In one example embodiment of the present invention, the detection information may be produced in accordance with watermarks extracted from the one or more broadcast items. Alternatively, the detection information may be produced in accordance with fingerprints extracted from the multimedia content.

The broadcast items may comprise at least one of commercials, infomercials, television programs, radio programs, news programs, cable programs, satellite programs, podcasts, Internet broadcasts, downloads, broadcasts of live events, and the like.

The schedule information may comprise purchase details relating to each of the one or more broadcast items. The purchase details may comprise at least one of a seller's name, a purchaser's name, a purchaser's product(s) being promoted, an estimate number corresponding to the purchase, an invoice number corresponding to the purchase, a number of agreed upon contract units, a number of invoiced units, a length of the contract units to be broadcast, a length of the invoiced units, broadcast dates and times of the contract units, broadcast dates and times of the invoiced units, negotiated costs for each contract unit, invoiced costs for each invoiced unit, and the like.

In a further example embodiment of the present invention, additional information may be received (e.g., at the monitoring station comparing the schedule information with the detection information or by a service provider controlling operation of the system). This additional information may comprise at least one of an agency schedule, a broadcaster contract, a broadcaster invoice, a network affiliate lineup, a station lineup, agency traffic instructions, change order information, broadcaster program schedule data, broadcaster data, market population data, audience measurement ratings data to effect the comparing, or the like.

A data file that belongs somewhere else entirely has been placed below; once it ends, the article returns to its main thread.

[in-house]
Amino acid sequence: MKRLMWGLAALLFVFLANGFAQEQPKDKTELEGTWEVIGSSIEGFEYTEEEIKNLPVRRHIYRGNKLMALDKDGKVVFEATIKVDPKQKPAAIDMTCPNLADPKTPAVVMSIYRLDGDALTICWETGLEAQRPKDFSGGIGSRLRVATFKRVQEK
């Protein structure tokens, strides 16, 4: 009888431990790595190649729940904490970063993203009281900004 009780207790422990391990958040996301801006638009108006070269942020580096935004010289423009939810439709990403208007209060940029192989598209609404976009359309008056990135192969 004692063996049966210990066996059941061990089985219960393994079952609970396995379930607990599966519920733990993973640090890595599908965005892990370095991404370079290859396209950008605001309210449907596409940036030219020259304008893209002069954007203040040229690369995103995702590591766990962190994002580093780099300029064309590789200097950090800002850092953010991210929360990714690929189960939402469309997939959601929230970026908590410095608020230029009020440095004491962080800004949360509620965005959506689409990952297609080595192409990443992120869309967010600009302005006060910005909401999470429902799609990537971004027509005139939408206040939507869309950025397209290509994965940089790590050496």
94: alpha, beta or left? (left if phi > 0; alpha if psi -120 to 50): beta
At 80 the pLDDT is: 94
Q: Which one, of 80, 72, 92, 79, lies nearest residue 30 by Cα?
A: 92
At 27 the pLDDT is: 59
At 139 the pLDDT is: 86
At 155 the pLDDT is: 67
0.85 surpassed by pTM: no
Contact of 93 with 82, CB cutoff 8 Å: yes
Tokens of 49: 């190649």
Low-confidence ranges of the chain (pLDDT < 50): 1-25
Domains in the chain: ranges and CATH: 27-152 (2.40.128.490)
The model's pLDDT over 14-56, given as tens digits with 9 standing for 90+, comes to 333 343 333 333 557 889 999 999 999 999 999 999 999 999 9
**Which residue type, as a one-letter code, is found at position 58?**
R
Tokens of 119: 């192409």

At least a portion of the additional information may be received electronically. The electronically received information may be automatically uploaded into a database. At least a portion of the additional information may be manually uploaded into a database.

At least a portion of the additional information may be received from users in accordance with pre-defined security permission levels. The permission levels may comprise at least one of a customer account level, a customer administrator level, and a user level.

In another example embodiment of the present invention, schedule information may be received electronically and automatically uploaded into a database. At least a portion of the schedule information may be received from users in accordance with pre-defined security permission levels. The permission levels may comprise at least one of a customer account level, a customer administrator level, and a user level.

In a further example embodiment of the present invention, the comparing of the detection information against the schedule information may comprise matching the detection information and the schedule information in accordance with a matching algorithm. The matching algorithm may comprise at least one of a hierarchical matching algorithm, a point-to-point matching algorithm, a point-to-range matching algorithm, or the like.

In one example embodiment, the comparing may comprise selecting one or more matching criteria, assigning weighted scores to the selected matching criteria, and matching the detection information and the schedule information in accordance with the matching criteria and the weighted scores. A match may be declared if all of the matching criteria are satisfied. A partial match may be declared if at least one of the matching criteria is satisfied. No match is declared if none of the matching criteria are satisfied.